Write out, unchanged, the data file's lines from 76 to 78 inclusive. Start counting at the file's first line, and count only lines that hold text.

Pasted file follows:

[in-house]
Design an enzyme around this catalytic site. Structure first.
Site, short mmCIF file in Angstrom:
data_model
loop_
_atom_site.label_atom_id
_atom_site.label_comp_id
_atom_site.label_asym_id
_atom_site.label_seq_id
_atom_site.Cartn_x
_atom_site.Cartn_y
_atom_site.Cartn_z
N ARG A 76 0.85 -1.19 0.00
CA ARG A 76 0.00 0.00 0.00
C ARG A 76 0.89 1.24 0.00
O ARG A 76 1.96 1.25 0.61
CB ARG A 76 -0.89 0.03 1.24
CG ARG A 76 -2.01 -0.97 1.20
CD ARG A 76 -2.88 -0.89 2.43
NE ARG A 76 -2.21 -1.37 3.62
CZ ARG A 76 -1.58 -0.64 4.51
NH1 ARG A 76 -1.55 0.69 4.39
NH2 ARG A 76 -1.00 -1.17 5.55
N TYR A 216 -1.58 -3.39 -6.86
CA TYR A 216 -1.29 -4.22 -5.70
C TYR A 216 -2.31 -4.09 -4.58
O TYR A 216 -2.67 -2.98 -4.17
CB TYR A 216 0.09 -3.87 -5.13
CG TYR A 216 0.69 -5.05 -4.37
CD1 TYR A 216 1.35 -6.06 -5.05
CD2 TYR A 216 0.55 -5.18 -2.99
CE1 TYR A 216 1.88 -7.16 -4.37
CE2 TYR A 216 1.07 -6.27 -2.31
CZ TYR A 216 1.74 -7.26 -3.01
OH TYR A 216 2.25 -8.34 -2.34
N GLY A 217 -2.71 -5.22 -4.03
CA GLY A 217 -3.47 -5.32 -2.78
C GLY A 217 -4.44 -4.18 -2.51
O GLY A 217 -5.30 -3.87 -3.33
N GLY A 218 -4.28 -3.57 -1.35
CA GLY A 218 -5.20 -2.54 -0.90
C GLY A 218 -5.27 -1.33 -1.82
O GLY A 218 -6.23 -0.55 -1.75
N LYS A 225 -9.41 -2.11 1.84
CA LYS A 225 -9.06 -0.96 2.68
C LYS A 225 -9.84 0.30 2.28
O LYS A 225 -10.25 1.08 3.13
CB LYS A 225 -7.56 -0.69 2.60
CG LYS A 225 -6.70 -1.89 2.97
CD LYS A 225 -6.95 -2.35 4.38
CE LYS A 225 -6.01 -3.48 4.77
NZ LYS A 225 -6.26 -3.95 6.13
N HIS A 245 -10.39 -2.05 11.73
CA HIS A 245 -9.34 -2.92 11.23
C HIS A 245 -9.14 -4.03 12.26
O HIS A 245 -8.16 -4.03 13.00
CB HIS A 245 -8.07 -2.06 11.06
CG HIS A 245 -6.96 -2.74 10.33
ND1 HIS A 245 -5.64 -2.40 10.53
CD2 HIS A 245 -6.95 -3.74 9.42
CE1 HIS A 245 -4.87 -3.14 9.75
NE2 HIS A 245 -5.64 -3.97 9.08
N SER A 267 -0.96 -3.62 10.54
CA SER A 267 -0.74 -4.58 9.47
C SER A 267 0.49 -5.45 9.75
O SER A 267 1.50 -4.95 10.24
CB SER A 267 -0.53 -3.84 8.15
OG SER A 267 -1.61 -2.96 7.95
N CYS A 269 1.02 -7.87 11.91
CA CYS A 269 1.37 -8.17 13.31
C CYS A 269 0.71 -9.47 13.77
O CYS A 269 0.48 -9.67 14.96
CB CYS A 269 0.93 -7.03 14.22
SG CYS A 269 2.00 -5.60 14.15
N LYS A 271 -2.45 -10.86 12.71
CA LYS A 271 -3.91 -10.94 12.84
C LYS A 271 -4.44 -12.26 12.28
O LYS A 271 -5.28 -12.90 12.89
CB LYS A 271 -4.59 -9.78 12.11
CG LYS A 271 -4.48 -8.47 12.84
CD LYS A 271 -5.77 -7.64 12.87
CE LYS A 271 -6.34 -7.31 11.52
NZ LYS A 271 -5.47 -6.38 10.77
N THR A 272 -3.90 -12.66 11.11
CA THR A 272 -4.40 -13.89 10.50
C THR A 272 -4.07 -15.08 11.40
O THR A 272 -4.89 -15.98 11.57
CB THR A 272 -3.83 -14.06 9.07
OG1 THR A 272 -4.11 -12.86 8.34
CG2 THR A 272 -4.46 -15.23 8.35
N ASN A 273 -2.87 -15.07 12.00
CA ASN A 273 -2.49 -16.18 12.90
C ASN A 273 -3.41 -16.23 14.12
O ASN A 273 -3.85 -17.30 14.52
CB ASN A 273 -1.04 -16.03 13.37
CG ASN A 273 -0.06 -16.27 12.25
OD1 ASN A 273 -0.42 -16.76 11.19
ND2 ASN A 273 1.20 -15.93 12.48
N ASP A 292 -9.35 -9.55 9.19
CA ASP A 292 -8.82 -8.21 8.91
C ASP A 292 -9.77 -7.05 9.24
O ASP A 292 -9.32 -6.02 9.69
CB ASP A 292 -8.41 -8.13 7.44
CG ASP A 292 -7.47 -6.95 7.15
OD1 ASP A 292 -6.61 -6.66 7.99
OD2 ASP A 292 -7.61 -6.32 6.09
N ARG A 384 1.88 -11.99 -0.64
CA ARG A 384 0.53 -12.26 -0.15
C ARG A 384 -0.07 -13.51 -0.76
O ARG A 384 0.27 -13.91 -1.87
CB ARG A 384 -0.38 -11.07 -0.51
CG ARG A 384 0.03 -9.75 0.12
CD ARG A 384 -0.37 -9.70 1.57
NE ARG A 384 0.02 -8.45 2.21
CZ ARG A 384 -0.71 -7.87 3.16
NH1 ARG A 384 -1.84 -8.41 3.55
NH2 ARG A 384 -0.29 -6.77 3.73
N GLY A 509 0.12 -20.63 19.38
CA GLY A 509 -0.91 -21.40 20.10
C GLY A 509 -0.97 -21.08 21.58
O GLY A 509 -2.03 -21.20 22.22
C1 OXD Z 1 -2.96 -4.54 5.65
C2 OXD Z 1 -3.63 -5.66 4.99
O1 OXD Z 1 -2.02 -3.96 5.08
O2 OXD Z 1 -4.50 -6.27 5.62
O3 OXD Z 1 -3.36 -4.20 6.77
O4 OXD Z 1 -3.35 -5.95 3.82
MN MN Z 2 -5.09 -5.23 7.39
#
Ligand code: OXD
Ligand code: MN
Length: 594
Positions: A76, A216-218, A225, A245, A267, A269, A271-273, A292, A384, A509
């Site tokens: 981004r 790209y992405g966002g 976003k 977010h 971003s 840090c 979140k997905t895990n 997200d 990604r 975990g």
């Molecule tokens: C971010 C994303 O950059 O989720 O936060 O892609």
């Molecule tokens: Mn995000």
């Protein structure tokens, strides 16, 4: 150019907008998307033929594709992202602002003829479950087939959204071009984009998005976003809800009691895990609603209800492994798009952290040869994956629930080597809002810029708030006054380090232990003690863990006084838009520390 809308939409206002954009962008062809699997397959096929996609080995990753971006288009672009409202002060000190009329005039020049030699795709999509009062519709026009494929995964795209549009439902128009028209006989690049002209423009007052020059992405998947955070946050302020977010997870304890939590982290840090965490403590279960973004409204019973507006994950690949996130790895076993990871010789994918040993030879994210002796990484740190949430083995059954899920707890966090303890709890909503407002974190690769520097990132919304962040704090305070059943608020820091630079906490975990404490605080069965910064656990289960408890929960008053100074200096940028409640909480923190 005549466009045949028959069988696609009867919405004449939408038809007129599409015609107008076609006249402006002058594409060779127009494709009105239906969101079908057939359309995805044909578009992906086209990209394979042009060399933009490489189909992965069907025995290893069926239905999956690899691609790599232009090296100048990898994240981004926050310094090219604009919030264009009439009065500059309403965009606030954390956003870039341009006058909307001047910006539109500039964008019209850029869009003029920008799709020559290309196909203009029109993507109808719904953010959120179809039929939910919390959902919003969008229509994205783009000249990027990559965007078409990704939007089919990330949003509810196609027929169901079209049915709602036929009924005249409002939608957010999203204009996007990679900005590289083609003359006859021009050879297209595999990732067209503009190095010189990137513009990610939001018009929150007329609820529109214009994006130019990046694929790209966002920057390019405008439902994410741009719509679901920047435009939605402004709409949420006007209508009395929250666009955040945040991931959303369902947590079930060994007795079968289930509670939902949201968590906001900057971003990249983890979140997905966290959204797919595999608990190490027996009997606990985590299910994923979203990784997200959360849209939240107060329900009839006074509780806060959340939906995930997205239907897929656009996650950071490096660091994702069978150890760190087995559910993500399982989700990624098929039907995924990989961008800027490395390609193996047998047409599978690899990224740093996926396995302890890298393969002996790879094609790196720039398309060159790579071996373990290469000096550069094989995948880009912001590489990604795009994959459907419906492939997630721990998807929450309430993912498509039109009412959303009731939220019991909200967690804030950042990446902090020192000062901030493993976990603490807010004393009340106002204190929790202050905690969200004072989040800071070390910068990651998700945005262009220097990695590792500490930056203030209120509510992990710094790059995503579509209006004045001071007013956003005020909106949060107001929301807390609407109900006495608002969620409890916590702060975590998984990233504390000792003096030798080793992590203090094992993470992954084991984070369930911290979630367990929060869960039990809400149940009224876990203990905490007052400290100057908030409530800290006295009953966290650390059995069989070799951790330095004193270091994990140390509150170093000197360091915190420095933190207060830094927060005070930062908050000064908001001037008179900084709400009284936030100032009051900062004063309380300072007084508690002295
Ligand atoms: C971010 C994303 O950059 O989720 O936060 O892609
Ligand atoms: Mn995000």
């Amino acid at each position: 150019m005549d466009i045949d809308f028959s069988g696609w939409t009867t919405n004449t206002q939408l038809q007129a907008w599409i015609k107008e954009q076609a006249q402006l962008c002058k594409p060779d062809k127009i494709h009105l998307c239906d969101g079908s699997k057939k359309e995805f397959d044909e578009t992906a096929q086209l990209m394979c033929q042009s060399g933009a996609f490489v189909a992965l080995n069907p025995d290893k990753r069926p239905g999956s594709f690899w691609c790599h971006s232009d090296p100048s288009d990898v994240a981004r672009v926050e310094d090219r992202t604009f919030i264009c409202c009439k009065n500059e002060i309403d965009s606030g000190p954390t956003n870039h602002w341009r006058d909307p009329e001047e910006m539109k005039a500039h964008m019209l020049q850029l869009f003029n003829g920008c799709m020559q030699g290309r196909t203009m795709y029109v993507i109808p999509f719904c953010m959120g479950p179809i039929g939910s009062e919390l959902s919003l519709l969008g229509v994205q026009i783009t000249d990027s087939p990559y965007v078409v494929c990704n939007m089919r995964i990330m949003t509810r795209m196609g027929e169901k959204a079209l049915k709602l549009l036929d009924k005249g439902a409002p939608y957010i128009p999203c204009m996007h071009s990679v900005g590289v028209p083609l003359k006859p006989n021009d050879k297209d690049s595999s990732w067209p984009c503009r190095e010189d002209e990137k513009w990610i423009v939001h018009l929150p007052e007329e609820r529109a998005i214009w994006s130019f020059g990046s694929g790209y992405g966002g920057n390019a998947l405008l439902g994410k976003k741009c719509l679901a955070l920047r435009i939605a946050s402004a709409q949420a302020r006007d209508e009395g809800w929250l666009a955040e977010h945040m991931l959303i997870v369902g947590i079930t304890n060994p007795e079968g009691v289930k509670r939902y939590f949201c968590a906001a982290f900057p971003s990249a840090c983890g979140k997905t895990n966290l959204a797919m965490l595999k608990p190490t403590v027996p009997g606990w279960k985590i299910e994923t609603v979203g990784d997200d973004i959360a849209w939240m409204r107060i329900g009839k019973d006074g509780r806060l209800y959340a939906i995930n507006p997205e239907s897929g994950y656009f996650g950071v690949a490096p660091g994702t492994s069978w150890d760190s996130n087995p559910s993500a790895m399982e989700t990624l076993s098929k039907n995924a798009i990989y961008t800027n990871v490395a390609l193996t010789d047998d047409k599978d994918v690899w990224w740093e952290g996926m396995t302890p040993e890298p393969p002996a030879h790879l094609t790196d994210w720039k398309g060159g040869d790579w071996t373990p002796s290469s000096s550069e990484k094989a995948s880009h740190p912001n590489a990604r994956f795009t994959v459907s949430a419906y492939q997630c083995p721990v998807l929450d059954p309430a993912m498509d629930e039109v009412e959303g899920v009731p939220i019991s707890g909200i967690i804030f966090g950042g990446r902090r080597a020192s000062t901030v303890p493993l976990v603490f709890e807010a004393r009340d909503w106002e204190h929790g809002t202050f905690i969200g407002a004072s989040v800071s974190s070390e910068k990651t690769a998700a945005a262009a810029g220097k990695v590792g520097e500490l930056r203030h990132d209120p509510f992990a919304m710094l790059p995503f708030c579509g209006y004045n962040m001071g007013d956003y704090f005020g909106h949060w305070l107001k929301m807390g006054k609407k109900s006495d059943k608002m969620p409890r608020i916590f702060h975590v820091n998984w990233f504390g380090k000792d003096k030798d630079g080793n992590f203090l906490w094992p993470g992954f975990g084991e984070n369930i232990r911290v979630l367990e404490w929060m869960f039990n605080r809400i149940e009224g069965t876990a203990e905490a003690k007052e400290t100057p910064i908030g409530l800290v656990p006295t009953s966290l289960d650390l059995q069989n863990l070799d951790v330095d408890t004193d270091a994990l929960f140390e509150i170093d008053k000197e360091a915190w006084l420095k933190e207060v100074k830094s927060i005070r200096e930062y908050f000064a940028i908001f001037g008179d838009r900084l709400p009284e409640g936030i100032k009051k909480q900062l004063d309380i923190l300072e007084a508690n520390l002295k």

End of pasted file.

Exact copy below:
CA LYS A 271 -3.91 -10.94 12.84
C LYS A 271 -4.44 -12.26 12.28
O LYS A 271 -5.28 -12.90 12.89